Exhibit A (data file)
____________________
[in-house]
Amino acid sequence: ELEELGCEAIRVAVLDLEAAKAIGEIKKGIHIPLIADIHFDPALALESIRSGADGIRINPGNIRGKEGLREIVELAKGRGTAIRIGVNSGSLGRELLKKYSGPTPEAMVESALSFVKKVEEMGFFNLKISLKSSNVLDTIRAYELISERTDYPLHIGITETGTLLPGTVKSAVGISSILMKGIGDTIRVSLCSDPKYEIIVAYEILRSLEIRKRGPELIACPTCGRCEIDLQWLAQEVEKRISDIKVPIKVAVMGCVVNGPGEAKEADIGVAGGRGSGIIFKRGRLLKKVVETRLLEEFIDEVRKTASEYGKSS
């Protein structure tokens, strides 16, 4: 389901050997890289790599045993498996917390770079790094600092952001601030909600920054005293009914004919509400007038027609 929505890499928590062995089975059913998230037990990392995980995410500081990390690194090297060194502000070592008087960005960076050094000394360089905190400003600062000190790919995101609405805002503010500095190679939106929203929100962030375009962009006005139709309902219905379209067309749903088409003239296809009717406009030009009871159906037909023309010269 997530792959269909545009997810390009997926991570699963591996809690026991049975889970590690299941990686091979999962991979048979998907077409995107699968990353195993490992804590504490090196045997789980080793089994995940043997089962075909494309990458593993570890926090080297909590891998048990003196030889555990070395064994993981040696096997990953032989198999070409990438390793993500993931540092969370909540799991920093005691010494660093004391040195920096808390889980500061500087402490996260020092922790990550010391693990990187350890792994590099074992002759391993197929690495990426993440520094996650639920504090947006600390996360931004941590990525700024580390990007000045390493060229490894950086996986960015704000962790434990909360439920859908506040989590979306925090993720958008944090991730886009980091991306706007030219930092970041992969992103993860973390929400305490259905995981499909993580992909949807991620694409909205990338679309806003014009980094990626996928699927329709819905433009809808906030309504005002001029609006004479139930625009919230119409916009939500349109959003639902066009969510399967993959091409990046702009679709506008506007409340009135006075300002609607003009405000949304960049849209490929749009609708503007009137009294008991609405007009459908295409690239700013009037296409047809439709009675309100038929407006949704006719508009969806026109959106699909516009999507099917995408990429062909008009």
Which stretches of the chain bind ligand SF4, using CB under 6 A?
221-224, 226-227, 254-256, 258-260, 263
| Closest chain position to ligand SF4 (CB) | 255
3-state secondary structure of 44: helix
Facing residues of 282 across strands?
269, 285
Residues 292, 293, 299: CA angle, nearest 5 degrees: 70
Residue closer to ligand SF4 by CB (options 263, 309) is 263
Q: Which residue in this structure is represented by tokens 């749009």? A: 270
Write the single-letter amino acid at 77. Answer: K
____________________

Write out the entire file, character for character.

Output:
[in-house]
Amino acid sequence: ELEELGCEAIRVAVLDLEAAKAIGEIKKGIHIPLIADIHFDPALALESIRSGADGIRINPGNIRGKEGLREIVELAKGRGTAIRIGVNSGSLGRELLKKYSGPTPEAMVESALSFVKKVEEMGFFNLKISLKSSNVLDTIRAYELISERTDYPLHIGITETGTLLPGTVKSAVGISSILMKGIGDTIRVSLCSDPKYEIIVAYEILRSLEIRKRGPELIACPTCGRCEIDLQWLAQEVEKRISDIKVPIKVAVMGCVVNGPGEAKEADIGVAGGRGSGIIFKRGRLLKKVVETRLLEEFIDEVRKTASEYGKSS
């Protein structure tokens, strides 16, 4: 389901050997890289790599045993498996917390770079790094600092952001601030909600920054005293009914004919509400007038027609 929505890499928590062995089975059913998230037990990392995980995410500081990390690194090297060194502000070592008087960005960076050094000394360089905190400003600062000190790919995101609405805002503010500095190679939106929203929100962030375009962009006005139709309902219905379209067309749903088409003239296809009717406009030009009871159906037909023309010269 997530792959269909545009997810390009997926991570699963591996809690026991049975889970590690299941990686091979999962991979048979998907077409995107699968990353195993490992804590504490090196045997789980080793089994995940043997089962075909494309990458593993570890926090080297909590891998048990003196030889555990070395064994993981040696096997990953032989198999070409990438390793993500993931540092969370909540799991920093005691010494660093004391040195920096808390889980500061500087402490996260020092922790990550010391693990990187350890792994590099074992002759391993197929690495990426993440520094996650639920504090947006600390996360931004941590990525700024580390990007000045390493060229490894950086996986960015704000962790434990909360439920859908506040989590979306925090993720958008944090991730886009980091991306706007030219930092970041992969992103993860973390929400305490259905995981499909993580992909949807991620694409909205990338679309806003014009980094990626996928699927329709819905433009809808906030309504005002001029609006004479139930625009919230119409916009939500349109959003639902066009969510399967993959091409990046702009679709506008506007409340009135006075300002609607003009405000949304960049849209490929749009609708503007009137009294008991609405007009459908295409690239700013009037296409047809439709009675309100038929407006949704006719508009969806026109959106699909516009999507099917995408990429062909008009």
Which stretches of the chain bind ligand SF4, using CB under 6 A?
221-224, 226-227, 254-256, 258-260, 263
| Closest chain position to ligand SF4 (CB) | 255
3-state secondary structure of 44: helix
Facing residues of 282 across strands?
269, 285
Residues 292, 293, 299: CA angle, nearest 5 degrees: 70
Residue closer to ligand SF4 by CB (options 263, 309) is 263
Q: Which residue in this structure is represented by tokens 């749009």? A: 270
Write the single-letter amino acid at 77. Answer: K